The Chinese government has claimed it is running a mass deradicalization program targeting potential extremists, but these official records, verified by a team of experts, show people can be sent to a detention facility for simply “wearing a veil” or growing “a long beard.”

    For Mamattohti’s sister, 34-year-old Patem, the crime for which she was detained, according to the document, was a “violation of family planning policy,” or put simply, having too many children. Under the countrywide policy, which rarely if ever is cause for imprisonment, rural families in Xinjiang are limited to three children. Patem had four.

    It was the first time since 2016 that Mamattohti had received any concrete news of what had happened to her family.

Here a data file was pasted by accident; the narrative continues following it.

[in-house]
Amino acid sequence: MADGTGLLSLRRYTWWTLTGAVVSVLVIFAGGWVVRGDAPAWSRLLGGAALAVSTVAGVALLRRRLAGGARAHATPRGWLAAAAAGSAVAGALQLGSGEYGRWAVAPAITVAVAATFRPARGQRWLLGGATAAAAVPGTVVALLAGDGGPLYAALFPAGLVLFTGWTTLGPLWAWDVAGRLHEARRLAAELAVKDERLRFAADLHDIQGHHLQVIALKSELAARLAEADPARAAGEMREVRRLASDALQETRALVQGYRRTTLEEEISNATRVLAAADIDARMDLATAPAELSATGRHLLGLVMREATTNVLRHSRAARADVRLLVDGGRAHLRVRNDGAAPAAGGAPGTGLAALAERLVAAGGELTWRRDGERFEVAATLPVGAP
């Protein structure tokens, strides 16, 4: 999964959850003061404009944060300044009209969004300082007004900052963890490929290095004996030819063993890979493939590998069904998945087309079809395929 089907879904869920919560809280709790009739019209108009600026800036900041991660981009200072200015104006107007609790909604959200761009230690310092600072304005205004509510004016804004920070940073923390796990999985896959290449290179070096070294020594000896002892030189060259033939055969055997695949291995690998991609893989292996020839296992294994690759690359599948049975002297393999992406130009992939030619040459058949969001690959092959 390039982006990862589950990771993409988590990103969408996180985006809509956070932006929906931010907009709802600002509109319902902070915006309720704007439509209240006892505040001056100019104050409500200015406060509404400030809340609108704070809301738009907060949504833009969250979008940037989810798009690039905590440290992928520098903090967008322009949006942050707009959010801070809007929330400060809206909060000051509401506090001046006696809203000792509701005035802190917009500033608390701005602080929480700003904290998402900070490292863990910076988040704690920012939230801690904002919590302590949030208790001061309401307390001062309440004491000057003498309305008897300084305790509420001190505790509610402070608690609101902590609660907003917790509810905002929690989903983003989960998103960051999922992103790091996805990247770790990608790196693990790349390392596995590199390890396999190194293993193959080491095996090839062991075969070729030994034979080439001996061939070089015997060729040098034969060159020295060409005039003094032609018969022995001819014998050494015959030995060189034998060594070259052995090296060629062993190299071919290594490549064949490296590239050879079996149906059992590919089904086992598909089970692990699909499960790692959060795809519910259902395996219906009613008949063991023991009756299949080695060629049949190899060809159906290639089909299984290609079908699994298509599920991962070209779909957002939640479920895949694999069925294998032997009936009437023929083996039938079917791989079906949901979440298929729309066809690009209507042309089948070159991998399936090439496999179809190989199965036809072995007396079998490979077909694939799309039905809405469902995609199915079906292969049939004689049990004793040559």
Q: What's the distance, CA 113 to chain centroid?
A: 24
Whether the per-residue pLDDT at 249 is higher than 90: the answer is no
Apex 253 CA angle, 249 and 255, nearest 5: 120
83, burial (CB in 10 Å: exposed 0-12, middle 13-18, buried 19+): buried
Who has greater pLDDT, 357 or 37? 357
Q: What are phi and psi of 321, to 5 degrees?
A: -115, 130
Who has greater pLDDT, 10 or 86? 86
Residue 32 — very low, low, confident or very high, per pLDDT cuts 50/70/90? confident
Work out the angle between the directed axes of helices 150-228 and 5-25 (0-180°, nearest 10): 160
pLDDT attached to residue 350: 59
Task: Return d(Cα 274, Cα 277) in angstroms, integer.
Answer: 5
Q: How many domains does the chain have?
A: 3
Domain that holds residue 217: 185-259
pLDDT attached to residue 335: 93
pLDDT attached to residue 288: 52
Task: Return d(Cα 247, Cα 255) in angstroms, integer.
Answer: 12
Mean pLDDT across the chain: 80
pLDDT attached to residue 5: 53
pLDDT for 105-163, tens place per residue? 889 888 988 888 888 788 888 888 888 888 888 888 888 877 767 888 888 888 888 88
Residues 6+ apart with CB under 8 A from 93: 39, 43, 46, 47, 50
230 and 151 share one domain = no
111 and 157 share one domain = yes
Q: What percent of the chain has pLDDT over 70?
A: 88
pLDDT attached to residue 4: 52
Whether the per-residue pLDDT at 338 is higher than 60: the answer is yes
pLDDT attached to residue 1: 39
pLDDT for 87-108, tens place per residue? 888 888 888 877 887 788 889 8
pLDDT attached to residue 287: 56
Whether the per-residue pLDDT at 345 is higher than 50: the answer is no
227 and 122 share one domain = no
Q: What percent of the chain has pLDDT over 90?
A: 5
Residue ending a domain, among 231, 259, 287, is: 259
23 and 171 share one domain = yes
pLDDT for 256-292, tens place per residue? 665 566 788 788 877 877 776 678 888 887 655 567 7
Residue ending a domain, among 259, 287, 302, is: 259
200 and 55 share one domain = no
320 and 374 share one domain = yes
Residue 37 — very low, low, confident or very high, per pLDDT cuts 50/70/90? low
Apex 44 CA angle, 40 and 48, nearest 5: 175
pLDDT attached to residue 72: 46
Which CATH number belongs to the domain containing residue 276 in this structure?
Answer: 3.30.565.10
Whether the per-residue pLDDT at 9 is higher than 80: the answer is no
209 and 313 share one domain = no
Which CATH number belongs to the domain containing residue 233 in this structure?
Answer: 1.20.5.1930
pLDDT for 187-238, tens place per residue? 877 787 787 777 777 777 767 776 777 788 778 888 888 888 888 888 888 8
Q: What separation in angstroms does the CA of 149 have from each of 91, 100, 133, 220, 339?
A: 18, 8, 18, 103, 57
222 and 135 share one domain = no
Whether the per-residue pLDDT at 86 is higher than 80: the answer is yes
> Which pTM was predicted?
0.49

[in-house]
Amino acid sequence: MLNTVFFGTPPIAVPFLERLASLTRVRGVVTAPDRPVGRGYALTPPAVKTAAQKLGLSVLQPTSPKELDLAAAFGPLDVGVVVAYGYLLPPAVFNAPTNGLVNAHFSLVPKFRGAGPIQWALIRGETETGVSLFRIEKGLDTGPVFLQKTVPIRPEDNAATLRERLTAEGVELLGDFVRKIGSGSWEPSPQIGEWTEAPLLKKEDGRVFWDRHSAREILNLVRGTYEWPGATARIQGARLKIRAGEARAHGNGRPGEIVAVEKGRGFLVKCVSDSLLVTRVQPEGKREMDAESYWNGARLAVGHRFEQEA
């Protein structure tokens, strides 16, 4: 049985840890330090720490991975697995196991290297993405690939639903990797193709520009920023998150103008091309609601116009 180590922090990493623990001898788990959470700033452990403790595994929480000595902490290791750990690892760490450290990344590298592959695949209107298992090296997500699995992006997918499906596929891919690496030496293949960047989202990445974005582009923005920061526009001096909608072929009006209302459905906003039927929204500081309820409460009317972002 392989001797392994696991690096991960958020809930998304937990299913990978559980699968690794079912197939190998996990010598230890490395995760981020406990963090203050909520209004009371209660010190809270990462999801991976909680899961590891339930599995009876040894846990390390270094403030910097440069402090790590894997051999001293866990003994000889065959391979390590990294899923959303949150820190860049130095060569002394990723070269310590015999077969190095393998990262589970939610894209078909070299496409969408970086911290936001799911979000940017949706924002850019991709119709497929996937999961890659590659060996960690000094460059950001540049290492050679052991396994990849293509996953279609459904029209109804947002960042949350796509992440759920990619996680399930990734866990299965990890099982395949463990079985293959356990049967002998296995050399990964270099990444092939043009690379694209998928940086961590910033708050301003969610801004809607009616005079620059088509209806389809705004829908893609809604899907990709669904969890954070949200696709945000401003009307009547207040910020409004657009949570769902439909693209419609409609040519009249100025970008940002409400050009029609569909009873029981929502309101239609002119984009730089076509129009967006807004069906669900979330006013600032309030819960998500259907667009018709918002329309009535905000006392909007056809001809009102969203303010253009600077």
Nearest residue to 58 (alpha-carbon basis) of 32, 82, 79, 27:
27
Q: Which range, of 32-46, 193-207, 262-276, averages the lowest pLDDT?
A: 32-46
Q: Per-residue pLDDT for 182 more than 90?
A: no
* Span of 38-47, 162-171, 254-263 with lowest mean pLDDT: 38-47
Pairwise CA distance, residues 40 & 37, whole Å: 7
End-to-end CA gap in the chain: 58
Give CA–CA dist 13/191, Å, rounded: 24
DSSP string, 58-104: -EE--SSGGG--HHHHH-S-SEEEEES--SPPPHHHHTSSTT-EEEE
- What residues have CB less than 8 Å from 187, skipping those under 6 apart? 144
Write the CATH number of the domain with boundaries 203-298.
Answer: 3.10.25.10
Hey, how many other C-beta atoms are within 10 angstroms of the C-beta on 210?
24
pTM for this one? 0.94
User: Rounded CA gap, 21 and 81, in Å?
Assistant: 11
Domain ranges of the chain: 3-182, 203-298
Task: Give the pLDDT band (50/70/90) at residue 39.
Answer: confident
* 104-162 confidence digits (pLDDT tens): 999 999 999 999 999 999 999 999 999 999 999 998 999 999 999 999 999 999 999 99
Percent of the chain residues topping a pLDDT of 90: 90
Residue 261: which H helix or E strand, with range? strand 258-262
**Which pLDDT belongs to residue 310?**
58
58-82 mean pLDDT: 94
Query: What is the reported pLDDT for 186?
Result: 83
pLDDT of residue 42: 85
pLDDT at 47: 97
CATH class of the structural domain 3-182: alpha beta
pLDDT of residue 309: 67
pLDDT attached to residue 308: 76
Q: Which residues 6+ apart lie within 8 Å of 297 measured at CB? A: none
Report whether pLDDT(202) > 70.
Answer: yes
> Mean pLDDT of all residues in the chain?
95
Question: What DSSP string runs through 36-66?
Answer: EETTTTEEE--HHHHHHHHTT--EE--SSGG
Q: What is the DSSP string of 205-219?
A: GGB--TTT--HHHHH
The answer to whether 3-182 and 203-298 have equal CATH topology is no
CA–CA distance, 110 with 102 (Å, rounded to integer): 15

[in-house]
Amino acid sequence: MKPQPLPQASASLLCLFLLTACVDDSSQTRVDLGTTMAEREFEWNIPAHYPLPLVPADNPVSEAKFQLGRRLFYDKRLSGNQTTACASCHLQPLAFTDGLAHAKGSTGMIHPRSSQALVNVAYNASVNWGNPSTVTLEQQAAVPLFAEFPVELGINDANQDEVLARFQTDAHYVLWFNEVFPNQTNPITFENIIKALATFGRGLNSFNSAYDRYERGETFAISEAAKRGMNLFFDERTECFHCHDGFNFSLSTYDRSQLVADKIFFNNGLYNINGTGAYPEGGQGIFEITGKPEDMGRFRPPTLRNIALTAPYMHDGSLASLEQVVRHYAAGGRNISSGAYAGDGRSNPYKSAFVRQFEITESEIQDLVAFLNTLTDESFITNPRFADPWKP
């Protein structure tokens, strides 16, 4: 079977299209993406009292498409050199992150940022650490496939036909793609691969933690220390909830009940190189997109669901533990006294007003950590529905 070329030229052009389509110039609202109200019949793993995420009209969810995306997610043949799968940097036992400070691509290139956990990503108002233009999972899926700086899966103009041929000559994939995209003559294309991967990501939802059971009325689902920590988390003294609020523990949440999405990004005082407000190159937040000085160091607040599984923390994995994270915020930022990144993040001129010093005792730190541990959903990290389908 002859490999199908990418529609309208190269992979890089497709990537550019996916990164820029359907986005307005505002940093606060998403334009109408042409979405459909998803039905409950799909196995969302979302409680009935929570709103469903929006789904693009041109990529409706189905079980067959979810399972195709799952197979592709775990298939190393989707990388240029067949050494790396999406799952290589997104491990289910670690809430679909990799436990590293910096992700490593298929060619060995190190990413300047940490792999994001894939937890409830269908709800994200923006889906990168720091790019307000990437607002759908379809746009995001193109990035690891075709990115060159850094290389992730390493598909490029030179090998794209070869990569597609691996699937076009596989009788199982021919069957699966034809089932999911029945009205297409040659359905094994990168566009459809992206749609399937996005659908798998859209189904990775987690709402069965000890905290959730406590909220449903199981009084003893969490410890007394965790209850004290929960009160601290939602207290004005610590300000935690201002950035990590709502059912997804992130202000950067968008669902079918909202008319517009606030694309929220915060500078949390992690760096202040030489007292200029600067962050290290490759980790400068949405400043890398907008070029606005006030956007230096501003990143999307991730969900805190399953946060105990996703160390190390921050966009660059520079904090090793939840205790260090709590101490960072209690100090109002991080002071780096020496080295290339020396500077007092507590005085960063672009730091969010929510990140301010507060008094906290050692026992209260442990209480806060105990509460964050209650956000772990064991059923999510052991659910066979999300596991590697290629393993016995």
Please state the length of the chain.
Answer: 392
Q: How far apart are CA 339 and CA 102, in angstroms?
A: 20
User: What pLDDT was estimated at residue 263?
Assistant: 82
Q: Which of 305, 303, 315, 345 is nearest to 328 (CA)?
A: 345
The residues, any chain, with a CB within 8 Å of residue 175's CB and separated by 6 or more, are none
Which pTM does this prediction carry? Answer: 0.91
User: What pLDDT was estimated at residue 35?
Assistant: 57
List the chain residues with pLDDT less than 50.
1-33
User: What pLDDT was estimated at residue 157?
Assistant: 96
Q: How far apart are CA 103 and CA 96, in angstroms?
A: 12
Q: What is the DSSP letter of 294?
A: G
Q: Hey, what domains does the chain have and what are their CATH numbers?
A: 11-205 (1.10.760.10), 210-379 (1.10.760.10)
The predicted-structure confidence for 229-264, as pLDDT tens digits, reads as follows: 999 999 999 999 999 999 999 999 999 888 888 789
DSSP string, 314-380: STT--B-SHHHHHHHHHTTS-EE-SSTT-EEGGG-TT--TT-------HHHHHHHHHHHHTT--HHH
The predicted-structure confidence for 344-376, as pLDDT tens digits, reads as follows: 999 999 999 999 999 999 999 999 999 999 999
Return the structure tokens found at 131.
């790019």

“I never imagined that my younger sister would be in prison,” Mamattohti told CNN, through tears, in her house in Istanbul. She said she first saw the leaked records when they were informally circulated on social media among Uyghurs overseas. “As I was reading their names I couldn’t hold myself together, I was devastated.”

    The leak exposes what appears to be a detailed and far-reaching system of state surveillance in the region, run by the local government in Xinjiang, designed to target Chinese citizens for peacefully practicing their culture or religion.

    CNN has only been able to independently verify some of the records contained in the document. But a team of experts, led by Adrian Zenz, senior fellow in China studies at the Victims of Communism Memorial Foundation in Washington DC, say they are confident that it is an authentic Chinese government document.